Suzi Quatro - Legend album review
Back with a new album, tour, plus this remastered ‘best of’
As she sings on her 1974 hit The Wild One: ‘I’m a red-hot fox, I can take the knocks/I’m a hammer from hell/ Honey, can’t you tell?’ Damn right.
Before anyone, there was Suzi. Bass-player and singer with the terrific all-girl 1960s garage band The Pleasure Seekers – the band she formed with her sisters at the age of 14 in Detroit, Michigan. Original leather catsuit clad inspiration for Joan Jett. Doubtless you know her eight Top 20 UK hits between 1973 and 1979; the tremendous Can The Can, the electrifying Daytona Demon, the rampant Devil Gate Drive, and so forth. Alongside Glitter and Holder and Bowie, she defined glam rock on British (and Australian) screens during that era – but she always had a harder, leaner edge than her contemporaries.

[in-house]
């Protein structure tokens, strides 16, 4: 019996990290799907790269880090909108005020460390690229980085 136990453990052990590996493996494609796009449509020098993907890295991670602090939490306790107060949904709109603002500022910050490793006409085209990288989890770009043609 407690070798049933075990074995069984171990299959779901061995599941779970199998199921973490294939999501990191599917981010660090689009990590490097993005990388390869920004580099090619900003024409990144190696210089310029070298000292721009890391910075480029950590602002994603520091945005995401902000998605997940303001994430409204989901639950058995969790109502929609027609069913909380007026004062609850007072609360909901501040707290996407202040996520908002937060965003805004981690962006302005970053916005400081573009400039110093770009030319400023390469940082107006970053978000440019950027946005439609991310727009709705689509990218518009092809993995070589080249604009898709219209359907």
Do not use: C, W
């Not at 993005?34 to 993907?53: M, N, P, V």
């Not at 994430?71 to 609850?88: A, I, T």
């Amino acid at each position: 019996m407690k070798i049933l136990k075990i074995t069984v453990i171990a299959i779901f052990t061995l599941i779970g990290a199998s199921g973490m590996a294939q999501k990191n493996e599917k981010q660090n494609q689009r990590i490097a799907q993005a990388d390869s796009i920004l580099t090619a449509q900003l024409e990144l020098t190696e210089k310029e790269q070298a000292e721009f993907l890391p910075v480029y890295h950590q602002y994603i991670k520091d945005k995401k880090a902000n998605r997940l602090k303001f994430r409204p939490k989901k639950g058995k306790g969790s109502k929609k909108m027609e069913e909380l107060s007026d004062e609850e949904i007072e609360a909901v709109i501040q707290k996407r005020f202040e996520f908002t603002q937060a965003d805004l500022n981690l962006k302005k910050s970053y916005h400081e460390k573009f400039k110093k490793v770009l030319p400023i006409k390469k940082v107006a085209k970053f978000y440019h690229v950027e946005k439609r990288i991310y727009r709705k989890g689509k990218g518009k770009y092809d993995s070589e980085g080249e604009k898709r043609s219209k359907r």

Here, one felt, was a singer who lived it – and with a female swagger that set her apart in an age of cock-rock strut. No one doubted Suzi, or the ferocity of her big-hearted, good-natured, rip-roaring biker anthems. (Quatro later claimed ownership of “symbolic cock rock”.) Ironic, then, that her biggest (and pretty much only) American hit was Stumblin’ In, the sweet gravel-throated duet with Smokie singer Chris Norman.
All the aforementioned are present on this handpicked-by-the-lady-herself compilation, as are other great floor-fillers (If You Can’t Give Me Love, 48 Crash, She’s In Love With You) and lesser known but equally fine numbers such as the wink-and-a-nod Skin Tight Skin and Shine My Machine.
Further down are a couple of forgettable fillers (Suicide, Wiser Than You) and a few cannibalistic moments, but man! Suzi Quatro – what a legend!
The reissue comes on gold coloured double vinyl.